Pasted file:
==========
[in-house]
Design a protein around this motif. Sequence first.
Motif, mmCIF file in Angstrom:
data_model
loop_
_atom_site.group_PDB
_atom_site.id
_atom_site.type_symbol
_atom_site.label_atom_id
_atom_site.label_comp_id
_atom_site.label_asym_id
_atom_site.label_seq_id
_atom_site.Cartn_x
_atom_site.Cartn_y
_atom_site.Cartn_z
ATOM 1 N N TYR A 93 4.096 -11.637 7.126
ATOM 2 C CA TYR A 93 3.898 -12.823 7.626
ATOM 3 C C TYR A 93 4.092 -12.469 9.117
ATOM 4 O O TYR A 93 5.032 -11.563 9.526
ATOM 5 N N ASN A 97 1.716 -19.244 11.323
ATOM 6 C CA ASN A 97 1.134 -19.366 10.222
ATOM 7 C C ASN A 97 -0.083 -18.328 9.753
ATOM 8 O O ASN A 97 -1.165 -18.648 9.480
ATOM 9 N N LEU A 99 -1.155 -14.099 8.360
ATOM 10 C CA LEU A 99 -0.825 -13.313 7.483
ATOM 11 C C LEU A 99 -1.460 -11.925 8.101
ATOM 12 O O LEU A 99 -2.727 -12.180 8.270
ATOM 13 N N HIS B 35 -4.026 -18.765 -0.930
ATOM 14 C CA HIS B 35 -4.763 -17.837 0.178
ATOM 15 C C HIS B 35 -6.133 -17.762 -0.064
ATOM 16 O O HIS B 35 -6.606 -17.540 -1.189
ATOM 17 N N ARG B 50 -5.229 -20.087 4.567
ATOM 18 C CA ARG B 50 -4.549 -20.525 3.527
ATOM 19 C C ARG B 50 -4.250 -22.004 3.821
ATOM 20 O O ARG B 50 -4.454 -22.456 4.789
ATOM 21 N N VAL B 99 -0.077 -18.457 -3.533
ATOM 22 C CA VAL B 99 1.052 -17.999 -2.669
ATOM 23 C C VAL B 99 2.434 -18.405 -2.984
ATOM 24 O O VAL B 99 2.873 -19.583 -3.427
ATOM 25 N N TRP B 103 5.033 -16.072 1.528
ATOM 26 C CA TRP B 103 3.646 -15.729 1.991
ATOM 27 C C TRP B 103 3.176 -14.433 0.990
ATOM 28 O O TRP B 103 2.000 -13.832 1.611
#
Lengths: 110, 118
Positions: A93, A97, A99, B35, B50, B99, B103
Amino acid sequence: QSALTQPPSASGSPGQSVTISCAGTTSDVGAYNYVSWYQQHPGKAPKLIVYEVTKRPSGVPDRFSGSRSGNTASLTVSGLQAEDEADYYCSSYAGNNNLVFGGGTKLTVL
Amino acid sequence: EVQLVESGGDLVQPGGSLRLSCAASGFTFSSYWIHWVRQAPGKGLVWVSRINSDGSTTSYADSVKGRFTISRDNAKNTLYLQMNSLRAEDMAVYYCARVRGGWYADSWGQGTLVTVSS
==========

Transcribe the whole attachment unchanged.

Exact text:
[in-house]
Design a protein around this motif. Sequence first.
Motif, mmCIF file in Angstrom:
data_model
loop_
_atom_site.group_PDB
_atom_site.id
_atom_site.type_symbol
_atom_site.label_atom_id
_atom_site.label_comp_id
_atom_site.label_asym_id
_atom_site.label_seq_id
_atom_site.Cartn_x
_atom_site.Cartn_y
_atom_site.Cartn_z
ATOM 1 N N TYR A 93 4.096 -11.637 7.126
ATOM 2 C CA TYR A 93 3.898 -12.823 7.626
ATOM 3 C C TYR A 93 4.092 -12.469 9.117
ATOM 4 O O TYR A 93 5.032 -11.563 9.526
ATOM 5 N N ASN A 97 1.716 -19.244 11.323
ATOM 6 C CA ASN A 97 1.134 -19.366 10.222
ATOM 7 C C ASN A 97 -0.083 -18.328 9.753
ATOM 8 O O ASN A 97 -1.165 -18.648 9.480
ATOM 9 N N LEU A 99 -1.155 -14.099 8.360
ATOM 10 C CA LEU A 99 -0.825 -13.313 7.483
ATOM 11 C C LEU A 99 -1.460 -11.925 8.101
ATOM 12 O O LEU A 99 -2.727 -12.180 8.270
ATOM 13 N N HIS B 35 -4.026 -18.765 -0.930
ATOM 14 C CA HIS B 35 -4.763 -17.837 0.178
ATOM 15 C C HIS B 35 -6.133 -17.762 -0.064
ATOM 16 O O HIS B 35 -6.606 -17.540 -1.189
ATOM 17 N N ARG B 50 -5.229 -20.087 4.567
ATOM 18 C CA ARG B 50 -4.549 -20.525 3.527
ATOM 19 C C ARG B 50 -4.250 -22.004 3.821
ATOM 20 O O ARG B 50 -4.454 -22.456 4.789
ATOM 21 N N VAL B 99 -0.077 -18.457 -3.533
ATOM 22 C CA VAL B 99 1.052 -17.999 -2.669
ATOM 23 C C VAL B 99 2.434 -18.405 -2.984
ATOM 24 O O VAL B 99 2.873 -19.583 -3.427
ATOM 25 N N TRP B 103 5.033 -16.072 1.528
ATOM 26 C CA TRP B 103 3.646 -15.729 1.991
ATOM 27 C C TRP B 103 3.176 -14.433 0.990
ATOM 28 O O TRP B 103 2.000 -13.832 1.611
#
Lengths: 110, 118
Positions: A93, A97, A99, B35, B50, B99, B103
Amino acid sequence: QSALTQPPSASGSPGQSVTISCAGTTSDVGAYNYVSWYQQHPGKAPKLIVYEVTKRPSGVPDRFSGSRSGNTASLTVSGLQAEDEADYYCSSYAGNNNLVFGGGTKLTVL
Amino acid sequence: EVQLVESGGDLVQPGGSLRLSCAASGFTFSSYWIHWVRQAPGKGLVWVSRINSDGSTTSYADSVKGRFTISRDNAKNTLYLQMNSLRAEDMAVYYCARVRGGWYADSWGQGTLVTVSS